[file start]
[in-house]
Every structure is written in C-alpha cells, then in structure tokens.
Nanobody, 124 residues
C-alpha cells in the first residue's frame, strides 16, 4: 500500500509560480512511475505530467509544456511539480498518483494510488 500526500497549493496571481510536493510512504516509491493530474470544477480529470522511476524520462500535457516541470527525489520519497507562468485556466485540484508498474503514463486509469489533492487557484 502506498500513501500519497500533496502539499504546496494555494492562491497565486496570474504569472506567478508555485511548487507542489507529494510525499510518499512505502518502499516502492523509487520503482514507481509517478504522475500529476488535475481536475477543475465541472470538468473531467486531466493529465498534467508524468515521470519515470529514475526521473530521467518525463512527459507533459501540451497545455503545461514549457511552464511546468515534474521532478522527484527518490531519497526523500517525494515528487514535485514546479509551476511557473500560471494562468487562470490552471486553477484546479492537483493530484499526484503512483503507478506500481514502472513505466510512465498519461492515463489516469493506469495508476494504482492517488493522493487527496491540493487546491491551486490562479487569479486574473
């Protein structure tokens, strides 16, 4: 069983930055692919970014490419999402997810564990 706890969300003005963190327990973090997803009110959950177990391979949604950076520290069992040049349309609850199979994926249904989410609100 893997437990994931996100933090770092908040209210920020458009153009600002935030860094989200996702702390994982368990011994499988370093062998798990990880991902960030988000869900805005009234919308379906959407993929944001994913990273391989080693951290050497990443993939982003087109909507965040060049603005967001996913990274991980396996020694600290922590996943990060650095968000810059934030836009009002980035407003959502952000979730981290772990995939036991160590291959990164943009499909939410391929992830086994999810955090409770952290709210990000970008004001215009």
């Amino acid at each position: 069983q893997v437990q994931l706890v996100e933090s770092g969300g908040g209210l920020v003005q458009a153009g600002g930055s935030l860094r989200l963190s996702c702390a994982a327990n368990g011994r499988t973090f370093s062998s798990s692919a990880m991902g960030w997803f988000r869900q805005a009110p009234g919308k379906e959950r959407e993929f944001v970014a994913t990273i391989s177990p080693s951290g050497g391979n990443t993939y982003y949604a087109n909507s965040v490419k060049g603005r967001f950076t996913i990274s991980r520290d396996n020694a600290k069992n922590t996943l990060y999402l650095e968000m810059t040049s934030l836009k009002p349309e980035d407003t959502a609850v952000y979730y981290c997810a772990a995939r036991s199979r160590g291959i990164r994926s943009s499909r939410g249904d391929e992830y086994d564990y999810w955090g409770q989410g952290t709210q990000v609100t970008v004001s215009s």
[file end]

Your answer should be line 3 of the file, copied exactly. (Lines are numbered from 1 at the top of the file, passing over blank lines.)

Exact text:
Nanobody, 124 residues